Education Department Announces Highest-Rated i3 Applicants
The U.S. Department of Education this week announced the 23 Investing in Innovation (i3) grant applicants who will receive grants, provided that they obtain private sector matching funds by December 9, 2011.Â The purpose of this program is to provide competitive grants to applicants with a record of improving student achievement and attainment in order to expand the implementation of, and investment in, innovative practices that are demonstrated to have an impact on improving student achievement or student growth, closing achievement gaps, decreasing dropout rates, increasing high school graduation rates, or increasing college enrollment and completion rates.
â€œInvesting in these vital innovations across the country has the potential to dramatically enhance learning and accelerate student performance and to do so cost-effectivelyâ€ said U.S. Secretary of Education Arne Duncan. â€œThis round of i3 grantees is poised to have real impact in areas of critical need including STEM education and rural communities, on projects ranging from early childhood interventions to school turnaround models that will prepare more students for college and career.â€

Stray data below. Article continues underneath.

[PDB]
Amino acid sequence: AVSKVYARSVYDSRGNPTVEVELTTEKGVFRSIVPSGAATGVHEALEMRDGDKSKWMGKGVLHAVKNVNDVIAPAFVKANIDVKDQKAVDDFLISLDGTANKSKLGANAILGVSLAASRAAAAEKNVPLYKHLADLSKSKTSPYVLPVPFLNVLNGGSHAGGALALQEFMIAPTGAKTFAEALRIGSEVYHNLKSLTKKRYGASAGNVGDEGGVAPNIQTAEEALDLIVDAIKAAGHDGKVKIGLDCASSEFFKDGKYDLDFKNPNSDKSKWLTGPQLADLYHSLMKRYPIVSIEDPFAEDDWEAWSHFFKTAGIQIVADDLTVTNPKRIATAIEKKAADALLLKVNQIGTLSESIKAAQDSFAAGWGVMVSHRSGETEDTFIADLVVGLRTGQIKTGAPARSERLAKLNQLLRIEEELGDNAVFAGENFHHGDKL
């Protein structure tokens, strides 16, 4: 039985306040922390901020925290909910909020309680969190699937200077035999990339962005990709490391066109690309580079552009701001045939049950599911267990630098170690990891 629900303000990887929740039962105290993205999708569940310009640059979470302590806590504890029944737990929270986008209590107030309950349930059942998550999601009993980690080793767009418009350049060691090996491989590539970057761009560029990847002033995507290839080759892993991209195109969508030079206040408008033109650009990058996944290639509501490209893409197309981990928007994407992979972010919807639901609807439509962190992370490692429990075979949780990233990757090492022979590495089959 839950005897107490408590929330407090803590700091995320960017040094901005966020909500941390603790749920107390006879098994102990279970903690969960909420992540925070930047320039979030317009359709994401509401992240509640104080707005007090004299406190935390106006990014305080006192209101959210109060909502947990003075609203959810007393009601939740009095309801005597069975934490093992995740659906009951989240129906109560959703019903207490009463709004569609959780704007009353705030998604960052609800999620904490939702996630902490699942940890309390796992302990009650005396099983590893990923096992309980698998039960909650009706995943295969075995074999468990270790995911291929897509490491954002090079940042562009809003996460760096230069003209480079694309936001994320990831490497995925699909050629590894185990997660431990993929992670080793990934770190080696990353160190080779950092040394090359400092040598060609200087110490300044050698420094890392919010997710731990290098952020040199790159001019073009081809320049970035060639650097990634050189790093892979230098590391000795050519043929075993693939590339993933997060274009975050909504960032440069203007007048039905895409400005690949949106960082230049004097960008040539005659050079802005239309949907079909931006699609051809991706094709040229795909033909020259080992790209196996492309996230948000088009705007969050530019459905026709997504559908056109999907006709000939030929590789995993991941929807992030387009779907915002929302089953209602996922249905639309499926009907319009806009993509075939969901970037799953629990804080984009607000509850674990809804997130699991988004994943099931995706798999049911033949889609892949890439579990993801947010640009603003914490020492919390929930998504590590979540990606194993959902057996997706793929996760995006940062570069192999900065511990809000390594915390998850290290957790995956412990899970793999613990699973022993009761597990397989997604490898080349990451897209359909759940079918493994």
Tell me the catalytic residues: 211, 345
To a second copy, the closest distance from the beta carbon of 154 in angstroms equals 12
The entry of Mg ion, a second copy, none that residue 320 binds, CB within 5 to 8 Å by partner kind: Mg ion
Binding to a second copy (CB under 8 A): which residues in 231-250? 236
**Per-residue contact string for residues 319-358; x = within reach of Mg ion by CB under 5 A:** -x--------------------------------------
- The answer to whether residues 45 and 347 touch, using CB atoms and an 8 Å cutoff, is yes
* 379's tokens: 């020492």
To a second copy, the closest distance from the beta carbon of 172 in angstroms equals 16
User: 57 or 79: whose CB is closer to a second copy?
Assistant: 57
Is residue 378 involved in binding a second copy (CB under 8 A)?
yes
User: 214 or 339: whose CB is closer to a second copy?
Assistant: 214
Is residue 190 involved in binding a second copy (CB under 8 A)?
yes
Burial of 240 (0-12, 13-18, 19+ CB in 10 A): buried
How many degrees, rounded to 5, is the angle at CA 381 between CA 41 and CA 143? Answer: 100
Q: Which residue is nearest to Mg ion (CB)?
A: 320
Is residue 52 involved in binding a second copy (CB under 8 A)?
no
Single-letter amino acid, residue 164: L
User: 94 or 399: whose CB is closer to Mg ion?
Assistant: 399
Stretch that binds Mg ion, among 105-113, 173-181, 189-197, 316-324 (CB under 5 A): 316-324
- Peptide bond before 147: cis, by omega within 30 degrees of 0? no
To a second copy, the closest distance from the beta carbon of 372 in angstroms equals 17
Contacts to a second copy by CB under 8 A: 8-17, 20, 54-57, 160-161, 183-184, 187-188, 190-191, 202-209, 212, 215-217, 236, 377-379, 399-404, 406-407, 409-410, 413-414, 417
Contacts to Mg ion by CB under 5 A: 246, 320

Two applicants stood out to me as projects that could be aligned to CTE. First, the North Carolina New Schools Projectâ€™s Validating Early College Strategies will partner with 8 rural LEAs to implement early college high school strategies in 18 high schools serving high need students. Second, the goal of the Kentucky Valley Educational Cooperativeâ€™s Career and College Readiness Transformations project is to improve student achievement and increased graduation rates, and increased access to and success in college through links between education and work.
You can find more details about all prospective grantees here.
Senate ESEA Hearing
On Tuesday, the Senate HELP Committee held aÂ hearingÂ on the reauthorization of ESEA in response to Sen. Rand Paulâ€™s (KY) objections during the committee markup last month. During opening statements, Ranking Member Sen. Mike Enzi (WY) said that states must take responsibility for accountability and make sure that students are college and career ready in a way that works for students.
Witnesses, who included school superintendents, administrators, teachers, special education advocates and other education policy representatives, discussed the pros and cons of the draft ESEA bill passed by the committee. They spoke about the burdens that the current law has placed on teachers and administrators, as well as the value of local control versus federal involvement in education. Witnesses were concerned about the draft billâ€™s elimination of performance targets.
Nancy Conneely, Public Policy Manager